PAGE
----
Monday 23 October, 12.30
Masquerade is a public spectacle based on disguise. It conceals and resists knowledge. In many ways it is unknowable. But in the ethnographic museum masks are presented as if they reveal the mysteries of a culture and its cosmology. Museums pin them down in glass vitrines and furnish them with explanatory labels. As a result African masks are often presented as static symbols of the identity and material culture of rural communities from a bygone era. But masking has always been current, reflecting the times in which it is performed, and the landscapes - including cities - that masked spirits encounter.
A talk by one of the curators of Pitt Rivers Museum's current exhibition.
Part of our Research Spotlights Series.
On the last Monday of the month join Pitt Rivers Museum researchers in the galleries for interactive talks bringing cutting-edge, cross-disciplinary research to life. In 2023, connect with objects and images from the collections and get to know the work of visual and evolutionary anthropologists, curatorial activists, health-care researchers and many other specialists who are accessing the museum to take their research in new directions and to connect with new people.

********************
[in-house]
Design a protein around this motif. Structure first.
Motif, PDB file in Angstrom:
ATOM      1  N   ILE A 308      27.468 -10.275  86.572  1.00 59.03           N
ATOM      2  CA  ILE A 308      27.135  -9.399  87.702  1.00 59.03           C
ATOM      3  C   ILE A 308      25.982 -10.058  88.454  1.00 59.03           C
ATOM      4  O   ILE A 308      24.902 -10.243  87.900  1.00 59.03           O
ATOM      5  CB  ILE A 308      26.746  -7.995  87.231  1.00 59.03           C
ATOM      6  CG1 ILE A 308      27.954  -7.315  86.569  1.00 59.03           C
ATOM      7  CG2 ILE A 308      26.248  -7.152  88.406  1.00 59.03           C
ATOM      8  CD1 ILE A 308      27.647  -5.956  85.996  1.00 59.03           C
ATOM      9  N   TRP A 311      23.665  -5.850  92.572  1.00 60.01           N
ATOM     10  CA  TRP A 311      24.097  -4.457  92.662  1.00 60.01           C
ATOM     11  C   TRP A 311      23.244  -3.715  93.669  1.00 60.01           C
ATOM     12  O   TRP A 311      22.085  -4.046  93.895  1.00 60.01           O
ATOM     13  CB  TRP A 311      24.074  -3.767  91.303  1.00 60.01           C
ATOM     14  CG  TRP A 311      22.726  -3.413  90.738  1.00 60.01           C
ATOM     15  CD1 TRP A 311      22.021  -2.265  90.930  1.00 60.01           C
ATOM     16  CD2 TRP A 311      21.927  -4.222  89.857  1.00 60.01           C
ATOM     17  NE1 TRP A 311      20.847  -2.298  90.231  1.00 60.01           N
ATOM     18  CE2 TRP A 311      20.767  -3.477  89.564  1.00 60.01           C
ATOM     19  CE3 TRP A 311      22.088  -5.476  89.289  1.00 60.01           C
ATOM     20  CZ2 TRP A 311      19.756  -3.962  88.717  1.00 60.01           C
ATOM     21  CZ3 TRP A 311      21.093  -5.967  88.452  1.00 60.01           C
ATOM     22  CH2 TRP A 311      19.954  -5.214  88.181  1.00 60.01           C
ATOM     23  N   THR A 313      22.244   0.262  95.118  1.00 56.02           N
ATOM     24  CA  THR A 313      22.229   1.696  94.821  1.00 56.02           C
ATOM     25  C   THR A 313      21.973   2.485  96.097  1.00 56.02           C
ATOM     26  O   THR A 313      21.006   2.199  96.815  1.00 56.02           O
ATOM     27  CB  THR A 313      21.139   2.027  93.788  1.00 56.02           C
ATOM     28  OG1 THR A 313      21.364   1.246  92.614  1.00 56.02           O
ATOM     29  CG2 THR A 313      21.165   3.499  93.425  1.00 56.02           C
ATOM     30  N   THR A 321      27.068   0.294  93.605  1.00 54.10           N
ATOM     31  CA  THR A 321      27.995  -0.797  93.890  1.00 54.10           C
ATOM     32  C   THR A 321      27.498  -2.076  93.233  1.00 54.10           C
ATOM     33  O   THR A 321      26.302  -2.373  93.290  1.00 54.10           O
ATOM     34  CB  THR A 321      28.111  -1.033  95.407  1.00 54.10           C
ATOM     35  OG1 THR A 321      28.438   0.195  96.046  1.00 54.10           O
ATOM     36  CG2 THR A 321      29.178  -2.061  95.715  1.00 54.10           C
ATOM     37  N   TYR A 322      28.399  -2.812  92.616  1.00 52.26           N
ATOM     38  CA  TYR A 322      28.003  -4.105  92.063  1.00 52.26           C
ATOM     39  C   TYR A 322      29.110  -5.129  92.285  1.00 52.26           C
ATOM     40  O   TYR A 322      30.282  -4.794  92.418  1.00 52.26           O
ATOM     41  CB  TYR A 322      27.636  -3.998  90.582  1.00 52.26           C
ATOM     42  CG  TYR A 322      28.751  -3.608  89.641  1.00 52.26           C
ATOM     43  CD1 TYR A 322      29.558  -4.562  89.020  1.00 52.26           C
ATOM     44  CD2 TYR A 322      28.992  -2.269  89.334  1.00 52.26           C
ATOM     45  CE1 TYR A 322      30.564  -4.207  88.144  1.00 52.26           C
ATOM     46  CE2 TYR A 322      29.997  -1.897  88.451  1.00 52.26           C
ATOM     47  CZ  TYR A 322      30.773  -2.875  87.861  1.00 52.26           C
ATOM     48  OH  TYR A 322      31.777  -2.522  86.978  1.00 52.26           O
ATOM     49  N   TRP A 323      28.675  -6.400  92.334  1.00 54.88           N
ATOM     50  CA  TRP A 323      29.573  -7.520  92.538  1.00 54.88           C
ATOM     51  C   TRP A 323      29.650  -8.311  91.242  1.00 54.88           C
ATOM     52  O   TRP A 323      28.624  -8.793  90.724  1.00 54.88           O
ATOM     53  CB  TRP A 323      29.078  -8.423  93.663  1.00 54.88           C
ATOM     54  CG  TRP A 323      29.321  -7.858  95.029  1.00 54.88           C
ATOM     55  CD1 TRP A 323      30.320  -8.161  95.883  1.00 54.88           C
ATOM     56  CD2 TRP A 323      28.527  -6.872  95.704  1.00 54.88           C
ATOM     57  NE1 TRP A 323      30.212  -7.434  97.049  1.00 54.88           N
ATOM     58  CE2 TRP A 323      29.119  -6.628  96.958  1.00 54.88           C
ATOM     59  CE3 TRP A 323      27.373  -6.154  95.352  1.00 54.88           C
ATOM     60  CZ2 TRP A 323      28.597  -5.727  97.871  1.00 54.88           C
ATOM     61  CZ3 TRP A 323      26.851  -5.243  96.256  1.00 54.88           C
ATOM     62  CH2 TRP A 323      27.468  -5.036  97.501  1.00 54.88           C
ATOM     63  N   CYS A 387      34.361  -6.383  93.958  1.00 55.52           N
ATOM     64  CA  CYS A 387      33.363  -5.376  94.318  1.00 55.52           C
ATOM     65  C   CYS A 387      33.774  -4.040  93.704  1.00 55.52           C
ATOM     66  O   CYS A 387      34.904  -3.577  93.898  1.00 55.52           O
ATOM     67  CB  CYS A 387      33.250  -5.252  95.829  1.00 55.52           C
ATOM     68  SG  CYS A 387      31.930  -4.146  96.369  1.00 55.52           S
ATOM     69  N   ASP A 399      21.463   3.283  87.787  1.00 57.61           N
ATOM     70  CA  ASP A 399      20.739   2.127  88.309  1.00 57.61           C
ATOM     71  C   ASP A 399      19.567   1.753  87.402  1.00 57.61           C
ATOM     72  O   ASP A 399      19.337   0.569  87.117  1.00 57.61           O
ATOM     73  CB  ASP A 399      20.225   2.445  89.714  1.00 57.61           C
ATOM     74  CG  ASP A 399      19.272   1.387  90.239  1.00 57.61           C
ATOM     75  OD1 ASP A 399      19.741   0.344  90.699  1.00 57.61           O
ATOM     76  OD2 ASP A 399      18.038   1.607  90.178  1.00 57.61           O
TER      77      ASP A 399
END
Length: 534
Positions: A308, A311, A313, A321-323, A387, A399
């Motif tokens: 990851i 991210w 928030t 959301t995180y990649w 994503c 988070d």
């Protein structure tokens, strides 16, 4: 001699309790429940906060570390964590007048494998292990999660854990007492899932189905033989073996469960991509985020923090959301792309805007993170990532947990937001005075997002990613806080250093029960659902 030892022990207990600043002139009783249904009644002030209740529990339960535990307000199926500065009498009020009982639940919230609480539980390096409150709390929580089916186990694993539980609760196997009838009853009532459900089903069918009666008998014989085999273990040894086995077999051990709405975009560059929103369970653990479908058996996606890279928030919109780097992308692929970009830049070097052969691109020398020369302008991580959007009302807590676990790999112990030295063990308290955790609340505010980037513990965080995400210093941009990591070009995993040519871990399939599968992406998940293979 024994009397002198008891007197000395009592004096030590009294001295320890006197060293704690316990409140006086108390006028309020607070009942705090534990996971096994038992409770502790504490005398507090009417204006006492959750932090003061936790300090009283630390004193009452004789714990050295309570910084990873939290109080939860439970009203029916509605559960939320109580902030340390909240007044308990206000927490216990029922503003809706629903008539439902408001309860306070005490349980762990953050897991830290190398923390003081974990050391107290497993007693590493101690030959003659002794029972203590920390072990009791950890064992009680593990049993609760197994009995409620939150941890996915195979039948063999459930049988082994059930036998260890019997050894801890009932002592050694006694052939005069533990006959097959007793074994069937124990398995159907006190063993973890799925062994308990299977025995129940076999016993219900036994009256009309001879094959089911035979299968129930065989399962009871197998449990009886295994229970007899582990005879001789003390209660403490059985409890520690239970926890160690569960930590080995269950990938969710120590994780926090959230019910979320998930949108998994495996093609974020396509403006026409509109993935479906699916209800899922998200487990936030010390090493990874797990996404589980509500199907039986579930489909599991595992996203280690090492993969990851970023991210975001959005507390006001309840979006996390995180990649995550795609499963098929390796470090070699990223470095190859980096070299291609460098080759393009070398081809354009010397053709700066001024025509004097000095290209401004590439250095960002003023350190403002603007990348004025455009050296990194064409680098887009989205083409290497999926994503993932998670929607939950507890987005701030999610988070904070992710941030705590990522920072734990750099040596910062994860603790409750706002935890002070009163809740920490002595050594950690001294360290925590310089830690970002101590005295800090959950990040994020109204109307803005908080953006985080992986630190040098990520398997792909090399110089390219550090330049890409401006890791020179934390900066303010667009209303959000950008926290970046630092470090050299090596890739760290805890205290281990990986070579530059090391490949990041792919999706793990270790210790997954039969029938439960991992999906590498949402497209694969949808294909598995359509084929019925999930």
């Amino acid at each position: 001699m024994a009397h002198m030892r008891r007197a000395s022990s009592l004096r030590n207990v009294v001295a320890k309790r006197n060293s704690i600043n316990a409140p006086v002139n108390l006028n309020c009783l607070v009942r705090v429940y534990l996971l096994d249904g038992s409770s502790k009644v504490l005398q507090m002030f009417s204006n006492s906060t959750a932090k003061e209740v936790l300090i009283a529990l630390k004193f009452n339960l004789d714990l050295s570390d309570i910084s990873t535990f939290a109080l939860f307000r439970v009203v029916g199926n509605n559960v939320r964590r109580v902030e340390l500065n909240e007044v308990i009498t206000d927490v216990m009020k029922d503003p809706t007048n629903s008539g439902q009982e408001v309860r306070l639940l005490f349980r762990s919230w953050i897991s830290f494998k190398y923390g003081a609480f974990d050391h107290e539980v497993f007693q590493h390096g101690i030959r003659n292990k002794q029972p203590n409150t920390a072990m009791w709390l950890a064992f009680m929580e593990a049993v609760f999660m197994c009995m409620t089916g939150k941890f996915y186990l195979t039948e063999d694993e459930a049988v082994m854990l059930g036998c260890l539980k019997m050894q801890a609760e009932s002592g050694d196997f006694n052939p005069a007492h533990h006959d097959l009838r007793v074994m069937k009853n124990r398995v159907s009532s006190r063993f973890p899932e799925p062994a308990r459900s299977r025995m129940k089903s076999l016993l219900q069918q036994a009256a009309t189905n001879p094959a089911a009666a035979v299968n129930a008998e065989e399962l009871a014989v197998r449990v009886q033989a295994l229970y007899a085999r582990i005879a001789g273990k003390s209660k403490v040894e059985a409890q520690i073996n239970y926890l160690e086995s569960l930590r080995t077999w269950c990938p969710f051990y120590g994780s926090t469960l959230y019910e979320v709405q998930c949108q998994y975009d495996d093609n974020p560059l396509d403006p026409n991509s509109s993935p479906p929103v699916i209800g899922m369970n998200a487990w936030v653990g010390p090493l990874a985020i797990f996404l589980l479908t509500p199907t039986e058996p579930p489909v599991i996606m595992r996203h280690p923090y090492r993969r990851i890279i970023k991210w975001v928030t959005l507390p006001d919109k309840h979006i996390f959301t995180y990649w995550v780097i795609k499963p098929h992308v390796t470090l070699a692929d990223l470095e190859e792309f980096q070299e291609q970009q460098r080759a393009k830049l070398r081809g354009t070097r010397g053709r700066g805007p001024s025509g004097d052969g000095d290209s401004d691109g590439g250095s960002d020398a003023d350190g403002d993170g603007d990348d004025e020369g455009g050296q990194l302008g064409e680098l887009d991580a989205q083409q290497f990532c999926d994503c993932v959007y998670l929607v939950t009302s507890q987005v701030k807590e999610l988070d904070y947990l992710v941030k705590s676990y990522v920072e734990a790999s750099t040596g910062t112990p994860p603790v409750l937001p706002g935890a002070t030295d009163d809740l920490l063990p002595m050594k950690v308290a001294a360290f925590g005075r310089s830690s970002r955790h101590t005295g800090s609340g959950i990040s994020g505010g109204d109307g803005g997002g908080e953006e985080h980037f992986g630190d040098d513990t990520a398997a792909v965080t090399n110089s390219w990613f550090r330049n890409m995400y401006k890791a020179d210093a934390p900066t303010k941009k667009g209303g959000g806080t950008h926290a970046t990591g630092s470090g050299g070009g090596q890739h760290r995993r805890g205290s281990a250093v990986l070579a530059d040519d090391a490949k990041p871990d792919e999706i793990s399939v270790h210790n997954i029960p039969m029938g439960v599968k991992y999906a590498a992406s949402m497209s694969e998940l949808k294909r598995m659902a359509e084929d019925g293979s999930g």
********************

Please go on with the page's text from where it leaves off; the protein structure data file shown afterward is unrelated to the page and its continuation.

Where: Meet underneath the Star House Crest Pole (Haida Totem Pole) in the Museum’s Court for talks to start at 12.30.
Who: All are welcome to attend, from families to museum aficionados!
Accessibility: Talks will be wheelchair accessible, may involve material that can be handled and we can provide follow-up info over email for visitors.
Is there a particular aspect of the Pitt Rivers’ works that you want to hear more about? Tweet us to let us know @Pitt_Rivers #PRMResearchSpotlight